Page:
Jeff Atwood discussed about why programmer should read books, even though a major proportion of them don't. Who should be blamed for this? Jeff believed that it's the publishing industry, of course. It is all because the book publishing industry keeps churning out books after books that are worthless and heavy that causes the programmer to turn away from books and to Internet for information. How true.
I, for one, tried to read programming books in the course of learning new language. Except the first book, I didn't go very far in this before I resorted to Internet or friends for information. I can still remember the very first programming book I read was C How to Program, written by Deitel & Deitel. That was in 2001, when I was still a college student and when the search engine was still in its primitive form. One thing good about Deitel books, as far as the novice programmer is concerned, is that they always provide full code samples that run without modification. You just have to type in all the code, verbatim and compile it to see the program running. This is ideal for beginners because beginners usually have to learn by examples and anything that requires modification may introduce bugs , crashing the applications all together.
But Deitel's books are just for novice. Once you reach certain stage of maturity, you have to leave them for good. Or when you are coming up against wall in your programming task, you have to search the Internet or documentation for help. When I started work, I no longer refer to books. To me programming books seemed inadequate in solving my problems. And all of the programming books seemed so alike in the sense that they are repeating the same information, using the similar examples and can't increase my knowledge. When I look for help, there was no help in them.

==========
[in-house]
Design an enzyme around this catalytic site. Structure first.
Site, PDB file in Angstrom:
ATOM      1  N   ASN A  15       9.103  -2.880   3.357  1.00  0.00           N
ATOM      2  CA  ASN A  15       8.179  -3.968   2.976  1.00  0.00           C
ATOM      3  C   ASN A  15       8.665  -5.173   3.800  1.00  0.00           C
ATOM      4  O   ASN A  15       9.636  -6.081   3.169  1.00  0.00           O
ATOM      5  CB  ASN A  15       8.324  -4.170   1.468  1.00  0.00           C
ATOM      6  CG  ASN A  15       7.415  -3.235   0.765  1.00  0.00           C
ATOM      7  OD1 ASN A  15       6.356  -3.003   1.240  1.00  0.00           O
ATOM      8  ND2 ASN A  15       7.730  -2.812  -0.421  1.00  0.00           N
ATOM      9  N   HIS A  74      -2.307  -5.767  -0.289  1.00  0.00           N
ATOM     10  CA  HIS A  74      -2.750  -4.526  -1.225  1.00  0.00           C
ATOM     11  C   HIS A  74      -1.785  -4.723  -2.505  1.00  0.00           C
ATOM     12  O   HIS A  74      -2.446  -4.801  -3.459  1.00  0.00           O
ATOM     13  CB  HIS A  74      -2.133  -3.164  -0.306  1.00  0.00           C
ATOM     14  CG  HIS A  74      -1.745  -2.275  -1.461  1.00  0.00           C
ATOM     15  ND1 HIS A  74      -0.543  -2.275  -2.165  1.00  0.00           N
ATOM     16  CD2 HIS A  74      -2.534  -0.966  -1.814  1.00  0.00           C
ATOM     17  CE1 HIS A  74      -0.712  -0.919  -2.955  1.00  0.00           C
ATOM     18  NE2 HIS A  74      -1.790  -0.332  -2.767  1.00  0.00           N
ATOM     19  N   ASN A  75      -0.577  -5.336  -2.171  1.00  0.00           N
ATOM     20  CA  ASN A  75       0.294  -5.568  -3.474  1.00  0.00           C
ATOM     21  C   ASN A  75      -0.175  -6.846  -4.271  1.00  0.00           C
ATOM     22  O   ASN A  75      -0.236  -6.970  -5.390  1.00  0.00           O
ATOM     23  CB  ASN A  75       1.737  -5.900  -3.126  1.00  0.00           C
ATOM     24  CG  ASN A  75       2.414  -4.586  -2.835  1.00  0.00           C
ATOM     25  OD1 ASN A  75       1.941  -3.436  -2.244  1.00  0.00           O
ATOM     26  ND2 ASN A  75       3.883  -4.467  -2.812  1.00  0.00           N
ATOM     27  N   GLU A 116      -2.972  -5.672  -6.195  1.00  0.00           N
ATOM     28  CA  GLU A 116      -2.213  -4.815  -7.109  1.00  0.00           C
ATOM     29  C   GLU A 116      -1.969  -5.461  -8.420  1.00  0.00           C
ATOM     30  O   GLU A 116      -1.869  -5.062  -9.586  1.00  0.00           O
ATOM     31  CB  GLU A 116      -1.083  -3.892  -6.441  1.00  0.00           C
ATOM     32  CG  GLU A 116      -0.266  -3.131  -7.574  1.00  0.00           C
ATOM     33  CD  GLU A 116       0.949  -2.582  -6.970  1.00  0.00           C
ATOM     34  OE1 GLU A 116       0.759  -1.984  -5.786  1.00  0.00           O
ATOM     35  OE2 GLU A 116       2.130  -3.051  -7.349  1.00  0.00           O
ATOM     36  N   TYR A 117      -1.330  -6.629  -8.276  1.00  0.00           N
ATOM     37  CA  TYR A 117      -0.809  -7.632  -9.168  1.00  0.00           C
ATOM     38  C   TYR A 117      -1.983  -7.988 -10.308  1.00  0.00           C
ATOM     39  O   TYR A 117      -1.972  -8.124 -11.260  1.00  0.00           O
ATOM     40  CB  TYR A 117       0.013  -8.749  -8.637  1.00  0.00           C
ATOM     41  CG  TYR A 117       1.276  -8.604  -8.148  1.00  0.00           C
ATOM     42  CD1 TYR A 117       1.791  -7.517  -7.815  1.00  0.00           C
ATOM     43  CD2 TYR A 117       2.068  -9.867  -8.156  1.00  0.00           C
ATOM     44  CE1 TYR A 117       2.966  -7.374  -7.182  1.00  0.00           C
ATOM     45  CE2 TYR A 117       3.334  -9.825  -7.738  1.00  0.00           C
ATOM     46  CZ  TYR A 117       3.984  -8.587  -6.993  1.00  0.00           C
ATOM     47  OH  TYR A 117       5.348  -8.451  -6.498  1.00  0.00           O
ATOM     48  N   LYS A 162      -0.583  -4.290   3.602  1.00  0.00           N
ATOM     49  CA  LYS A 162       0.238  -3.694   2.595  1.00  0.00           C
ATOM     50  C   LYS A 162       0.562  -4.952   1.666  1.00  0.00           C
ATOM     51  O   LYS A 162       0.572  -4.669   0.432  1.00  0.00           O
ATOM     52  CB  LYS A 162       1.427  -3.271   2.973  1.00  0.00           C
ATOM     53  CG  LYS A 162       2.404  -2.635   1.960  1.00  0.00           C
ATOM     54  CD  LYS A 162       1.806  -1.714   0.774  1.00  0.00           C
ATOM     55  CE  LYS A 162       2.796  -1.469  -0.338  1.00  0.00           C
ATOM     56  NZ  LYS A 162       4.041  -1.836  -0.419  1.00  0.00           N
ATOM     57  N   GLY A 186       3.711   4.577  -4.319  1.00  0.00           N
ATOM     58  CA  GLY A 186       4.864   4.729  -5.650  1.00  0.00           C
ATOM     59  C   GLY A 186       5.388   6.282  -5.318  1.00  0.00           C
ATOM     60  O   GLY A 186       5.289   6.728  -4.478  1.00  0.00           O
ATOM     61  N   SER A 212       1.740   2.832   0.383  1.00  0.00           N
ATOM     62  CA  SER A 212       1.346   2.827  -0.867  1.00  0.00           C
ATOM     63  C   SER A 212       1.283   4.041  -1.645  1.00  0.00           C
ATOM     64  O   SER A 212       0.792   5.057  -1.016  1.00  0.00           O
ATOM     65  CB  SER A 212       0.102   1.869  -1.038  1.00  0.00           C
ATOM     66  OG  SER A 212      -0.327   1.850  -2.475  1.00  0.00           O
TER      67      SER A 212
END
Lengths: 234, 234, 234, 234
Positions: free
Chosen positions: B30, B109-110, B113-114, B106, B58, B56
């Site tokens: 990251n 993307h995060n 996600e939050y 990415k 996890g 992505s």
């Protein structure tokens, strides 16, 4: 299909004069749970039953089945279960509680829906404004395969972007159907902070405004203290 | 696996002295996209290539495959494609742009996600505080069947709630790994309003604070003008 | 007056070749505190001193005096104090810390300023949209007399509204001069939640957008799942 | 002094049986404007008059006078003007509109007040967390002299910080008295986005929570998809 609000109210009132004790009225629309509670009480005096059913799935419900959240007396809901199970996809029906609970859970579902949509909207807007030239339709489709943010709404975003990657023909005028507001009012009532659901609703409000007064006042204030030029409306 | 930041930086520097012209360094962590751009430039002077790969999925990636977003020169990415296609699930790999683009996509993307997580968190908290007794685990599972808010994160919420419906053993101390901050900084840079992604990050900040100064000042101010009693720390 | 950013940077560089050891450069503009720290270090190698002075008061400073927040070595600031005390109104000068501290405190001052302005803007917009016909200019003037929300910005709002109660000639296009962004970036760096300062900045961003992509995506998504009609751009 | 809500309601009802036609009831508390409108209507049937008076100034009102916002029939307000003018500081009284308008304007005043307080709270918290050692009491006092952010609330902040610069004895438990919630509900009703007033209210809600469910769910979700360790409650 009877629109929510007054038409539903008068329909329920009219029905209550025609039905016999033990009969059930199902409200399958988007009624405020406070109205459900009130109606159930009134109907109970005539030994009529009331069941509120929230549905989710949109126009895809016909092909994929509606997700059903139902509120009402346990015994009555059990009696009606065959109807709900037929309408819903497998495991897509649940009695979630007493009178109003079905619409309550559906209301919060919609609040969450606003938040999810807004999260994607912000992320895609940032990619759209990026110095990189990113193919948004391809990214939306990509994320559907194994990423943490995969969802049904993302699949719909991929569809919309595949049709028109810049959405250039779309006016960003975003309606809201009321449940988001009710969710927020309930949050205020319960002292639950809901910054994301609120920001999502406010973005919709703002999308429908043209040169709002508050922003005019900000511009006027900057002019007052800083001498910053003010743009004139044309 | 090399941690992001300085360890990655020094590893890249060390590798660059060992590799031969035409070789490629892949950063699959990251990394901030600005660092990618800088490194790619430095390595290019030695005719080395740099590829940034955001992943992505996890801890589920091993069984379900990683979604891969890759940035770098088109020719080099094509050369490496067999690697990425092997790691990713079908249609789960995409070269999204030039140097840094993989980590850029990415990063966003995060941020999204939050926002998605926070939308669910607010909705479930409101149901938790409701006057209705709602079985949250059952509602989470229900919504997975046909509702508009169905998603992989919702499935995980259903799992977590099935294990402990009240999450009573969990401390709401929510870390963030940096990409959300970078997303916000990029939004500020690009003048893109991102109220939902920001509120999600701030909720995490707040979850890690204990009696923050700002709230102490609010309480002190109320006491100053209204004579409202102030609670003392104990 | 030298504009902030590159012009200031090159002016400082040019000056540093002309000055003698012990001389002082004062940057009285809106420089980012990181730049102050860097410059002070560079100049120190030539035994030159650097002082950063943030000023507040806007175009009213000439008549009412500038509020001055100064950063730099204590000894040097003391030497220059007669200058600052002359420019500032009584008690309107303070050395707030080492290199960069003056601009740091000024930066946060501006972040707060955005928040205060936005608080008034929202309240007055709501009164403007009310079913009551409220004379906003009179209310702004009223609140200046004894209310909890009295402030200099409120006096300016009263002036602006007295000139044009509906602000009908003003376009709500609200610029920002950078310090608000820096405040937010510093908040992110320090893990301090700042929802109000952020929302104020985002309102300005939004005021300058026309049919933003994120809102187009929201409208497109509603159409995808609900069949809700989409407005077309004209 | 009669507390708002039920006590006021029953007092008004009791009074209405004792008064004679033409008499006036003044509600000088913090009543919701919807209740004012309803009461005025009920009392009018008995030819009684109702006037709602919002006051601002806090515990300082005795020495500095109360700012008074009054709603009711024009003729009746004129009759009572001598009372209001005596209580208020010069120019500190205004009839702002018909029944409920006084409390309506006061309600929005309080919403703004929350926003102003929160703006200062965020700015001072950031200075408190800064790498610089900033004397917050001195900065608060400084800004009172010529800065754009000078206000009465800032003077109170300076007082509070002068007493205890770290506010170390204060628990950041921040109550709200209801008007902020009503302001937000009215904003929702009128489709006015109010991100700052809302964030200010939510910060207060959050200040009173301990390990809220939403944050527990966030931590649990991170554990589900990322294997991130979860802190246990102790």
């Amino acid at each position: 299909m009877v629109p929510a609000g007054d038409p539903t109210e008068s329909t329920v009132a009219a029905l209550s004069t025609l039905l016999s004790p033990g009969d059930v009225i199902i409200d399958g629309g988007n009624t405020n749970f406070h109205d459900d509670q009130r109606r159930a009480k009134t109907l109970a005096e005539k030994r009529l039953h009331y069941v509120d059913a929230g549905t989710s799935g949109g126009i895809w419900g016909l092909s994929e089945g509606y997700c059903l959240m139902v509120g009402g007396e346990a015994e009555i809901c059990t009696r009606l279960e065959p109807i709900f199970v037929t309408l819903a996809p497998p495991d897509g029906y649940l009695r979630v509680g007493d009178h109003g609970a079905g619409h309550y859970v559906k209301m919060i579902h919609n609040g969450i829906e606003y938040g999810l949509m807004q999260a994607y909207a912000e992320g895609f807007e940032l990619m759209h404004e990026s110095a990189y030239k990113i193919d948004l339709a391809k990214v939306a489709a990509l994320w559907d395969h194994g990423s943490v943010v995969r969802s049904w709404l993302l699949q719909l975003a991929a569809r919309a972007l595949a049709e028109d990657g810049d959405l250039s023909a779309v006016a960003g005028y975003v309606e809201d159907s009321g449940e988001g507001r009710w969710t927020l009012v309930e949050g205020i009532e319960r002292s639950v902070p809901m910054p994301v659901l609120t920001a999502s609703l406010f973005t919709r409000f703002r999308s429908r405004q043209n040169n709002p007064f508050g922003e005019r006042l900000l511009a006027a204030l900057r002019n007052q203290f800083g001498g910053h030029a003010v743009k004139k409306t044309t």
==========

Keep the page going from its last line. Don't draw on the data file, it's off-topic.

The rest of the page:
For a long time I lived my life as a programmer without programming books.
But I still read programming-related books, the kind of books that are not tied with a particular technology or that are not "cookbook". Some of the books I read are Design Patterns, The Best Software Writing 1 (where's the 2?) and The Mythical Man Month. These books are good because they can be consumed like novels. I enjoy reading these books as compared to other how-to books that fill with dry examples and code snippet. Of course, the Design Patterns book does consist of code snippet, but I still read it anyway because it answers my questions on how software design should be carried out.
I gradually came to the belief that how-to programming books are useless.
Recently I decided to teach myself some new languages and technologies. I learnt Python from the Internet resources alone, without depending on books. At the same time I also tried to learnt about WPF, but for this purpose I purchased two WPF books.
Reading how-to programming books, again, proved to be a problem for me. I flipped from page to page, scanning the words but my mind was on somewhere else. Eventually I gave up and just went back to the Internet to look for complete samples. Of course, you don't become a grandmaster by studying chess books, you have to practice it. So I gave myself an assignment (Monty Hall Problem) and created an application using WPF. Guess what, all of my help came exclusively from the Internet. My two WPF books slept on my desk. Occasionally I felt guilty of them and pulled them out, but after a few pages I started to get impatient and switched to do other things.
I don't realize that there is a learning curve to reading programming books.
So, programmers. If you want to read programming books, make sure you go for the "soft" books that don't have a lot of code snippet and don't require you to type in the samples on your IDE. Surf the Internet, or just try out the code samples by modifying them and see how they break so that you can gain a deeper insight on how the language or the technology works.
The "hard" programming books are useless beyond the beginner's level.